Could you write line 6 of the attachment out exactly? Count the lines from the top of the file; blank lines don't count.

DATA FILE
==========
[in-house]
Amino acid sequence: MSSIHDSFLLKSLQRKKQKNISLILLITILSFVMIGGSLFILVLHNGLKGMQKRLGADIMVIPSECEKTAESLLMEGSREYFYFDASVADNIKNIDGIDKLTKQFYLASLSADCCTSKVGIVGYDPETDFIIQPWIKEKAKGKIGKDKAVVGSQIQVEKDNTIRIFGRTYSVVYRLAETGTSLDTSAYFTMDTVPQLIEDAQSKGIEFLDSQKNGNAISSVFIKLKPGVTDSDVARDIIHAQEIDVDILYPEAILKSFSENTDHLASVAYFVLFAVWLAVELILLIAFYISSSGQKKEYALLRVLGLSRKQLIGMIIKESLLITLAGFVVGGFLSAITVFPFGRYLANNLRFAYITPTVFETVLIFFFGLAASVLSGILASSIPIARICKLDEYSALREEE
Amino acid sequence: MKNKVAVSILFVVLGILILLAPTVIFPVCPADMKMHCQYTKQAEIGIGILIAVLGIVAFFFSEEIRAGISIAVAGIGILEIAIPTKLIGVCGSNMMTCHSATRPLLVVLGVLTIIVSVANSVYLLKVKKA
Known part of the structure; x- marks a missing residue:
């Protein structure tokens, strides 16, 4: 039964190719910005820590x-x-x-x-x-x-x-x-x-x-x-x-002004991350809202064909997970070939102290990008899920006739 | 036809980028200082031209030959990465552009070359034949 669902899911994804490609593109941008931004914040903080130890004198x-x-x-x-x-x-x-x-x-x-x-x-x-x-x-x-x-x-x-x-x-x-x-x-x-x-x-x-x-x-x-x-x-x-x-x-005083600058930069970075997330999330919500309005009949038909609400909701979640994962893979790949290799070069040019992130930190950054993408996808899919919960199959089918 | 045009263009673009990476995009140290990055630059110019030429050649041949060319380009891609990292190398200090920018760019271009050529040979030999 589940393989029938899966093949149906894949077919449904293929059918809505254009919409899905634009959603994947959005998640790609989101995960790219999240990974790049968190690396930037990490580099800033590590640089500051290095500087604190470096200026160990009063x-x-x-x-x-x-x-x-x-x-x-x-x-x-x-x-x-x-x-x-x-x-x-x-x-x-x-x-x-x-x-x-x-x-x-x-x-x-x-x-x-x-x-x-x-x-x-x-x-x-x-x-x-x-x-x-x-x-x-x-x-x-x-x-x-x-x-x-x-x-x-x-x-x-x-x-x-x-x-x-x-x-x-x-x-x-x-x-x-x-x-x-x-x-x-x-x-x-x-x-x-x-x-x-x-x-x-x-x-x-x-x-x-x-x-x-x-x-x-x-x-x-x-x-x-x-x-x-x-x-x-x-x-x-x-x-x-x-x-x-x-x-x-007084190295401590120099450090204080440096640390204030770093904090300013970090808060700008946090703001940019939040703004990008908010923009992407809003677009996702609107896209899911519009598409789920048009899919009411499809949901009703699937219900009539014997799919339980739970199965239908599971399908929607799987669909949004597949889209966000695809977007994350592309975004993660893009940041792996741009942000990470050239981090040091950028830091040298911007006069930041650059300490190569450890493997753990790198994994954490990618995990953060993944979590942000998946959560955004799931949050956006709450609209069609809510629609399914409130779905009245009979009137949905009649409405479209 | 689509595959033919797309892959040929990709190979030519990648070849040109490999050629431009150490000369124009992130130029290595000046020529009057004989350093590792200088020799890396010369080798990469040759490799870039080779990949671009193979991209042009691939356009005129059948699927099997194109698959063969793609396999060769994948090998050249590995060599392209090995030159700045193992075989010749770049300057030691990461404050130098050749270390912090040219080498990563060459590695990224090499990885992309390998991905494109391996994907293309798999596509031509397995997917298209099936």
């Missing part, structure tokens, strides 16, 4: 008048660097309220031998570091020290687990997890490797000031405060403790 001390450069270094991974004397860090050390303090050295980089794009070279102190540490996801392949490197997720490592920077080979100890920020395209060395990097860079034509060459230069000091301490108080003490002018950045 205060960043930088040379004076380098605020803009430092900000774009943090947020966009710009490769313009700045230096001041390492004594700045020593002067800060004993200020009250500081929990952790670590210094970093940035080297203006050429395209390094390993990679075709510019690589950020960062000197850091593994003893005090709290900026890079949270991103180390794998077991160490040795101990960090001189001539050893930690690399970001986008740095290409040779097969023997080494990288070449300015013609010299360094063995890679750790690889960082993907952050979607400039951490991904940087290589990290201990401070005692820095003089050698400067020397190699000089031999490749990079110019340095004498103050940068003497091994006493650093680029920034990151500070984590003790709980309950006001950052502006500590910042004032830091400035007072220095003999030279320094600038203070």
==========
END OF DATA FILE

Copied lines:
């Missing part, structure tokens, strides 16, 4: 008048660097309220031998570091020290687990997890490797000031405060403790 001390450069270094991974004397860090050390303090050295980089794009070279102190540490996801392949490197997720490592920077080979100890920020395209060395990097860079034509060459230069000091301490108080003490002018950045 205060960043930088040379004076380098605020803009430092900000774009943090947020966009710009490769313009700045230096001041390492004594700045020593002067800060004993200020009250500081929990952790670590210094970093940035080297203006050429395209390094390993990679075709510019690589950020960062000197850091593994003893005090709290900026890079949270991103180390794998077991160490040795101990960090001189001539050893930690690399970001986008740095290409040779097969023997080494990288070449300015013609010299360094063995890679750790690889960082993907952050979607400039951490991904940087290589990290201990401070005692820095003089050698400067020397190699000089031999490749990079110019340095004498103050940068003497091994006493650093680029920034990151500070984590003790709980309950006001950052502006500590910042004032830091400035007072220095003999030279320094600038203070």